Written by Kaitlin Hancock, a Habitat and Wildlife Co-op Technician Summer Student with the Ministry of Forests, Lands, Natural Resource Operations and Rural Development in Cranbrook. 

Before removing the pipe

In November 2018, Cranbrook Conservation Officers (COs) received an interesting report from the public. A Rocky Mountain Bighorn Sheep ram, which was located roughly 30 km east of Cranbrook, had a piece of pipe stuck on its lower leg.

The ram was only using three legs because of the pipe, which meant he had a hard time foraging and was more vulnerable to predators. This group of rams migrate into rugged, high-elevation summer range in June and it is unlikely the ram would have survived the migration on 3 legs. The COs had been trying to dart the ram to remove the pipe since February 2019, but were not able to get within range of the ram. On May 29, myself along with Wildlife Biologist Patrick Stent and Ecosystem Biologist Antje Bohm set out to get the job done.

After removing the pipe

As we arrived at the site and scanned the bachelor herd of rams. It was easy to tell the Pipe Ram apart from the rest. He was three years old and was skinnier than the rest. He wouldn’t put any weight on his right rear leg, which the pipe was stuck on.

After some difficulty we managed to safely dart the ram, and once we approached him we realized how bad the wound was. The chunk of hard rubber pipe was tightly wedged between the hoof and dew claws. It was cutting into the tissue on his leg and was infected. We moved the ram to a cool, shady area inside a building and used cold water and ice packs to keep his temperature from rising. Patrick and I immediately got to work removing the pipe with a hack saw, while Antje supported the ram’s head and worked to keep him cool.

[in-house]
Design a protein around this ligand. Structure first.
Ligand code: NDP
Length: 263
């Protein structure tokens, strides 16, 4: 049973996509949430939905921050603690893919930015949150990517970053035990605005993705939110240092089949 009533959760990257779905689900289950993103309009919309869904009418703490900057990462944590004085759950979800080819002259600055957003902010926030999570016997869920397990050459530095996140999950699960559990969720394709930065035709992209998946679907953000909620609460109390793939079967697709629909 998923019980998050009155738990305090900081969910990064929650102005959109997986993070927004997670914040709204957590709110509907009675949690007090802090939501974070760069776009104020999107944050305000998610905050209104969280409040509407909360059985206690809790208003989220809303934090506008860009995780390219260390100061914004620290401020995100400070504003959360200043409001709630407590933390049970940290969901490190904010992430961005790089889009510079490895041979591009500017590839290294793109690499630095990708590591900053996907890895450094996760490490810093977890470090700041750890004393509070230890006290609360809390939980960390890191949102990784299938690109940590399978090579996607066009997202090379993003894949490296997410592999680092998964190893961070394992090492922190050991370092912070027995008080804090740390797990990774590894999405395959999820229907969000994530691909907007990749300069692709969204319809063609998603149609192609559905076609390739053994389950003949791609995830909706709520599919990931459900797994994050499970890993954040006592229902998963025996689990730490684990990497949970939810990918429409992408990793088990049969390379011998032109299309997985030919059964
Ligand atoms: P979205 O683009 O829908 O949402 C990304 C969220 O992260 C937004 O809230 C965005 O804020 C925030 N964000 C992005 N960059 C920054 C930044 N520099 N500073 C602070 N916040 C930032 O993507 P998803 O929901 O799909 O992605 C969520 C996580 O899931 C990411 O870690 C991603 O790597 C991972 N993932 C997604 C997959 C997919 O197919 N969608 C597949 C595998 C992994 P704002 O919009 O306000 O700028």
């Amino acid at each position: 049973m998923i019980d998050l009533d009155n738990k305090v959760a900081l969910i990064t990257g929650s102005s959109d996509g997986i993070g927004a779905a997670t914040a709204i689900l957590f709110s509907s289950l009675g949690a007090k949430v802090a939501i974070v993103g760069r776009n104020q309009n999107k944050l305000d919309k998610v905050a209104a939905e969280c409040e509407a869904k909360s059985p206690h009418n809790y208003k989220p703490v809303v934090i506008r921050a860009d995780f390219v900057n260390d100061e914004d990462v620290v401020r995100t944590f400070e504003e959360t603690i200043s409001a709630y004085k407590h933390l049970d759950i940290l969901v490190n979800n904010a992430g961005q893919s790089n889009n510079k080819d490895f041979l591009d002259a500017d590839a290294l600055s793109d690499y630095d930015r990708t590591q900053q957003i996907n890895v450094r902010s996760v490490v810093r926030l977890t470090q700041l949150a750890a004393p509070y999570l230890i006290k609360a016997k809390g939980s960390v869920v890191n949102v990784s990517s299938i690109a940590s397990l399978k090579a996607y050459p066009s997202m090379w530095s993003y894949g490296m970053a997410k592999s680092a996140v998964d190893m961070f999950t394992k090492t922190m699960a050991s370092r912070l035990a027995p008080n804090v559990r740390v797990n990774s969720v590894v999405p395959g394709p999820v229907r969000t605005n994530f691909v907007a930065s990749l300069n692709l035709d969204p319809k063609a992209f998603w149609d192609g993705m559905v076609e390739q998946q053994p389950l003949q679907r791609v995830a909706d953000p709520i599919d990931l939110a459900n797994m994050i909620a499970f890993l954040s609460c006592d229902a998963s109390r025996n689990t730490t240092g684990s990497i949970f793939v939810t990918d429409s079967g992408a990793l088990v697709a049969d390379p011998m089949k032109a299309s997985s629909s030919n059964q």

Throughout the procedure, we were receiving helpful advice from provincial wildlife veterinarian Dr. Helen Schwantje over the phone. Once we had successfully removed the piece of pipe from his leg, we rinsed and disinfected the wound as best we could. Because the ram had not been putting any weight on that leg, the hoof was grown out. We trimmed the hoof to the same length and shape as the others so that, as the wound healed, he could walk on it comfortably.

When we had done the best we could, we took the ram back to where the rest of the herd was bedded and gave him the reversal injection. Within minutes, he was back on his feet again and hanging out with his buddies. He was still not putting any weight on the injured leg, as it was surely still painful and will take some time to get better.

Our mission was successful, and we hope that soon the Pipe Ram will heal up and be able to use all four legs again.

Patrick and I working on cutting the pipe off

Ram making his way back to the herd after the procedure

Returned back to the herd after the procedure (ram is second from the left, notice him holding up his right hind leg)